What should we do now that Trump is president: Part 1

What Should Foreigners Do?

On November 9th, 2016, Donald Trump was elected president of the United States of America. Now the rest of the world is wondering how it happened, what it means for the future and what the public should do now.

Ultimately, the fate of America, and thus, the world, depends on what the American people do over the next four years. They have a lot of responsibilities and not a lot of time to fulfill them. One of the big reasons they’re in this predicament is because they’ve either been inactive, or active in the wrong ways. So if we can predict Americans’ future behavior based on their past history, we can expect them to watch TV, complain and shop, and that will yield negative consequences for them.

The rest of the world has been feeling the consequences of Americans’ inaction for decades. America’s problems are everyone’s’, which make them everybody’s responsibility. It’s unfair for an American to tell foreigners they have a responsibility to help the country that has been taking so much from them for so long, but necessity dictates it. I’m sorry.

You wouldn’t actually be helping the people who hurt you. Now, more than ever, it should be obvious the American people don’t control their government. They’re as much victims of America’s internal policies as the Middle East is a victim of its foreign policies. America may have turned the Middle East into a fiery graveyard, but life is just as bad in many American cities as it is in any war zone. And no matter what country you live in, at least you can say you don’t live in the place with the highest prison population. Life for most Americans is less like Keeping up with the Kardashians and more like The Grapes of Wrath.

The world shares a common cause with America’s lower and middle class population, and the American people owe a debt to everyone else for letting their government devolve to the state it’s in, but how can people on other sides of the globe help each other?

Foreigners have an abundance of something Americans lack. They need to give to Americans, who need to accept it. That thing is perspective.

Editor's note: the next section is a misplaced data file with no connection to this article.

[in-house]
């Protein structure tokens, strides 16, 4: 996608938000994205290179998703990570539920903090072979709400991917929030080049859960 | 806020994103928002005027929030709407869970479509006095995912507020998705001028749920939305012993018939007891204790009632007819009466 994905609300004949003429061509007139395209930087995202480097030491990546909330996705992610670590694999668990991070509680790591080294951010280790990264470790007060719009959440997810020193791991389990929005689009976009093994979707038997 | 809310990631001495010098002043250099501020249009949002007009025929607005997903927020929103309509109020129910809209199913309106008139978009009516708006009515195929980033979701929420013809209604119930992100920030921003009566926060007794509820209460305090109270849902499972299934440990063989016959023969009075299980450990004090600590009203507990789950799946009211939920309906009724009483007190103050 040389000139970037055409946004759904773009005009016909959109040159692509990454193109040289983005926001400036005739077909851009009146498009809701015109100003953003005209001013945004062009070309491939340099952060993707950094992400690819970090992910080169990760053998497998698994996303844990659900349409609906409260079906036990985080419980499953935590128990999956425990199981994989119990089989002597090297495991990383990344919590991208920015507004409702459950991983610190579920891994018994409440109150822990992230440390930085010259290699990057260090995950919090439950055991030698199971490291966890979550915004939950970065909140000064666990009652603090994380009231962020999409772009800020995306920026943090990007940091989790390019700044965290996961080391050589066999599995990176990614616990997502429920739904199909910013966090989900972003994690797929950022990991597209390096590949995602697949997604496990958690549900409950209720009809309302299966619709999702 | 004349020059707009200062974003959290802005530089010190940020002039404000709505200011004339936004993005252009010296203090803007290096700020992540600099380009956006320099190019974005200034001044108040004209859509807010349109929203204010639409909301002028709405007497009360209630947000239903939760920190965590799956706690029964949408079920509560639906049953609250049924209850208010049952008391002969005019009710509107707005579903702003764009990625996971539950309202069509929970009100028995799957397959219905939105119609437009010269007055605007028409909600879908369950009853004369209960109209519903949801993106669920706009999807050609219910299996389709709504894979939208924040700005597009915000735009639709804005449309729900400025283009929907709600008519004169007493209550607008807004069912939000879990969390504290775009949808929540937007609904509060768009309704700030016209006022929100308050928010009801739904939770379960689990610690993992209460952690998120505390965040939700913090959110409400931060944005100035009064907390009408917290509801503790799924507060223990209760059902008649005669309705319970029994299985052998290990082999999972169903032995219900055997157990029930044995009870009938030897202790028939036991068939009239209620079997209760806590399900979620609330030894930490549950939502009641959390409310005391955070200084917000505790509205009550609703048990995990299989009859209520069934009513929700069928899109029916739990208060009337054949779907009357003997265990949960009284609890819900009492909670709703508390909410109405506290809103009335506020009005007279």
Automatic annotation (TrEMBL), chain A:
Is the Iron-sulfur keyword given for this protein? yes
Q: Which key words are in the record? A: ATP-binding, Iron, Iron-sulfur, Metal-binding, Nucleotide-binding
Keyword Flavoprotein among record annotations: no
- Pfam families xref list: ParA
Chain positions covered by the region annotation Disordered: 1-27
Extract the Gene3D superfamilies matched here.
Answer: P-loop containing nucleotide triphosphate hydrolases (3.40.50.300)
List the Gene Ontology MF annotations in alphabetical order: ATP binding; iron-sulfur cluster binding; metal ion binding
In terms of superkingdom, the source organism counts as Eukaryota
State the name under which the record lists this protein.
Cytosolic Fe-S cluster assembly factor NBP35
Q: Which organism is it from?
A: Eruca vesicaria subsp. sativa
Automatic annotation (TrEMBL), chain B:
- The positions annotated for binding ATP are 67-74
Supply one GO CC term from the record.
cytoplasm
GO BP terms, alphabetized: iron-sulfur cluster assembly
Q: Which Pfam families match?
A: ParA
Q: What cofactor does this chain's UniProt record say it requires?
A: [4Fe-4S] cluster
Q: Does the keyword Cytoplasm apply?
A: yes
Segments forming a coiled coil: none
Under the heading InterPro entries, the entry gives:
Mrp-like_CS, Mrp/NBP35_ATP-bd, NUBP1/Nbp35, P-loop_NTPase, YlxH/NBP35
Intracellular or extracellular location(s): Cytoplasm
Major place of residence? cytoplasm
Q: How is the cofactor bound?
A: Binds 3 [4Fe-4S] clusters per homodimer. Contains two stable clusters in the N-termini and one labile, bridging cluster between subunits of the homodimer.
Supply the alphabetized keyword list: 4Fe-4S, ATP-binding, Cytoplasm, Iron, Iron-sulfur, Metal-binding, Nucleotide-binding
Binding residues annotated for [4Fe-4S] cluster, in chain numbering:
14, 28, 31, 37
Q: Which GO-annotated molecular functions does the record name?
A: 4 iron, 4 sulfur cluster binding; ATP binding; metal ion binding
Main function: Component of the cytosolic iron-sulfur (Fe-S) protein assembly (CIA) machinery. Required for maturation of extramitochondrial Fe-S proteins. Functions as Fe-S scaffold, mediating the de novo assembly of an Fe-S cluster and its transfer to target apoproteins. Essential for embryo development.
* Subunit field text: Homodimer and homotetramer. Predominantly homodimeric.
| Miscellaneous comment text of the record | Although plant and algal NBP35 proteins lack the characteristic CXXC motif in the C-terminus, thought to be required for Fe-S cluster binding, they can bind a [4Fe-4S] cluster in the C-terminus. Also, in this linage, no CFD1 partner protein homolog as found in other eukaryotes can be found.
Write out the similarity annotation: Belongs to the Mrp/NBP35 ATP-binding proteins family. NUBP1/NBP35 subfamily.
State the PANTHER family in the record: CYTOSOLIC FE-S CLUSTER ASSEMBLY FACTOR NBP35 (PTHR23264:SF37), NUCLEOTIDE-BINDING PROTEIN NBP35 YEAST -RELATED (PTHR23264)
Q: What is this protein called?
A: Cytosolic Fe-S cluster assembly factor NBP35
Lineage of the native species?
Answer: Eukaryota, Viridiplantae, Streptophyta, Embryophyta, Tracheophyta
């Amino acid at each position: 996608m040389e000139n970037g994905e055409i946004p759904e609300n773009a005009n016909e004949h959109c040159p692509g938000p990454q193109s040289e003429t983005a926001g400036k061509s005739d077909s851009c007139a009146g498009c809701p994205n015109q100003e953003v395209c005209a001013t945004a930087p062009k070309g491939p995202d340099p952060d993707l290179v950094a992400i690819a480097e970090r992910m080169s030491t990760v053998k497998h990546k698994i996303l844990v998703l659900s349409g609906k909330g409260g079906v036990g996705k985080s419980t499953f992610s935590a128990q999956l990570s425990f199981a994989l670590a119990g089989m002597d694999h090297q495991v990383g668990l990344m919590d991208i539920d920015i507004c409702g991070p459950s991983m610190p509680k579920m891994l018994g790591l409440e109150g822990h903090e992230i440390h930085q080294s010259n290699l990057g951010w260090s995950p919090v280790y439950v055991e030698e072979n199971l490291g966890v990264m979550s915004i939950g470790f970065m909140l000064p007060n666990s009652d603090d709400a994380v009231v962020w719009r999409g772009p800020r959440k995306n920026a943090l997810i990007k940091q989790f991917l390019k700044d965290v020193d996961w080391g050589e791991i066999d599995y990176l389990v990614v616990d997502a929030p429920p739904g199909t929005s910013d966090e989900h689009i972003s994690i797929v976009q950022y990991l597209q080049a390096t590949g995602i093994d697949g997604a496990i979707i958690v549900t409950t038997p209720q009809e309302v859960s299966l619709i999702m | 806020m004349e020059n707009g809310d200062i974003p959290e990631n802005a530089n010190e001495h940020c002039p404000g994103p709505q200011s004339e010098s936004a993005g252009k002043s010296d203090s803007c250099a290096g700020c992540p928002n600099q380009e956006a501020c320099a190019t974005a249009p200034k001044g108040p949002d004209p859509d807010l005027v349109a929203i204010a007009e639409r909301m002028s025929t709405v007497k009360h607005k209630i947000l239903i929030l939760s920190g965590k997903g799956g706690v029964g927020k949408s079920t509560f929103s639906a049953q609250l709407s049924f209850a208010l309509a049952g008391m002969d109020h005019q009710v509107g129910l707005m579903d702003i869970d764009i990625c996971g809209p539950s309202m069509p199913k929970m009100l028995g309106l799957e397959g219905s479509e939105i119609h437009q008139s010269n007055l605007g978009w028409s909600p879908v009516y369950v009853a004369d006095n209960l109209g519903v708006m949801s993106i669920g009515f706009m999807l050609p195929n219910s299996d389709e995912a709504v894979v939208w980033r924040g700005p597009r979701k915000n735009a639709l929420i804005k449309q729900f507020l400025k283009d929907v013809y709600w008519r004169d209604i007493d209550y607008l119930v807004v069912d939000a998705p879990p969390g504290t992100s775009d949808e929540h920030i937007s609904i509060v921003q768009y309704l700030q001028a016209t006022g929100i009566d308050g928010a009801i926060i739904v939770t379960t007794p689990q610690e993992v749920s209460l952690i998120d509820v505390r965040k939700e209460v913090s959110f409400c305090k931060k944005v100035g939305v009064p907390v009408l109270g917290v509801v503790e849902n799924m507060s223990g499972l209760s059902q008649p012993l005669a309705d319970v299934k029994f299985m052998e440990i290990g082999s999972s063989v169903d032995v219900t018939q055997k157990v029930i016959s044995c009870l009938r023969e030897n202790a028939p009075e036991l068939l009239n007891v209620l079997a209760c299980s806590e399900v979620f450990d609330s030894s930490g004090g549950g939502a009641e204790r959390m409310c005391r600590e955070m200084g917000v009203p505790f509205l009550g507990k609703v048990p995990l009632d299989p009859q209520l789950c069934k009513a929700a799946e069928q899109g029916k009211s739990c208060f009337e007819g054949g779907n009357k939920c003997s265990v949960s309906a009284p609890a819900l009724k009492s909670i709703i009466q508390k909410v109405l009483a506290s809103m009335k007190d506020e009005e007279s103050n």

64% of Americans have never left the USA, and most of them get their news from biased and sensationalized sources. If Americans seem crazy and single-minded, it’s because most of them only know one way of life, and every human’s DNA is programmed to defend our world view and reject ideas that don’t fit into it. Like everybody else, Americans tend to get tunnel vision, which wouldn’t be a big deal, except Donald Trump just got elected president, and Hillary Clinton almost did.

Most Americans don’t know what capitalism, socialism and communism are. They don’t know what America’s foreign policies are or how they’ve affected the rest of the world. They don’t know how broken their system is or what their options for fixing it are. They’ve already proven they won’t listen to each other, which wouldn’t help anyway, because they’re fighting over which side of the same coin is best.

Behavior stems from thoughts, and Americans can’t change their behavior without changing their thoughts. They can’t do that by recalculating the same information. They need new information, and if they won’t seek it out, someone needs to give to them.

Organize with your countrymen to flood America’s social media feeds and the comment sections of major news sites with advice on how and why Americans should fix their government. When they lecture you for butting your head in their business, lecture them about how the American government has butted its head in your country’s business for the past century.

But don’t insult and accuse Americans. That only shuts conversation down and reinforces xenophobia. Tell Americans what they’re doing wrong, but come with a spirit of love and hope. If you don’t know how to solve America’s political or economic problems, just tell Americans to stop fighting and blaming each other. Tell them to open their minds and consider new ideas. Tell them how the rest of the world sees them and why. Send them a link to Omar Kamel’s blog post, “I’m Arab And Many Of Us Are Glad That Trump Won.”

Most importantly, tell them to turn off their televisions. American politics wouldn’t be the circus it is, if all the major news networks hadn’t hypernormalised its insanity. Tell them what they’re watching shouldn’t be normal.

If you believe America is the Great Satan, and you want to see it end, then sit back and do nothing. You might think it would be tactical to attack America while tensions are fragile or before things get any worse, but many Americans are desperately looking for a scapegoat. They’ve put their differences aside to focus on war before, and if you give them an excuse, they’ll do it again. That will cause loss of innocent life on both sides and strengthen America’s military industrial complex. Ultimately, all it will accomplish is delaying meaningful change.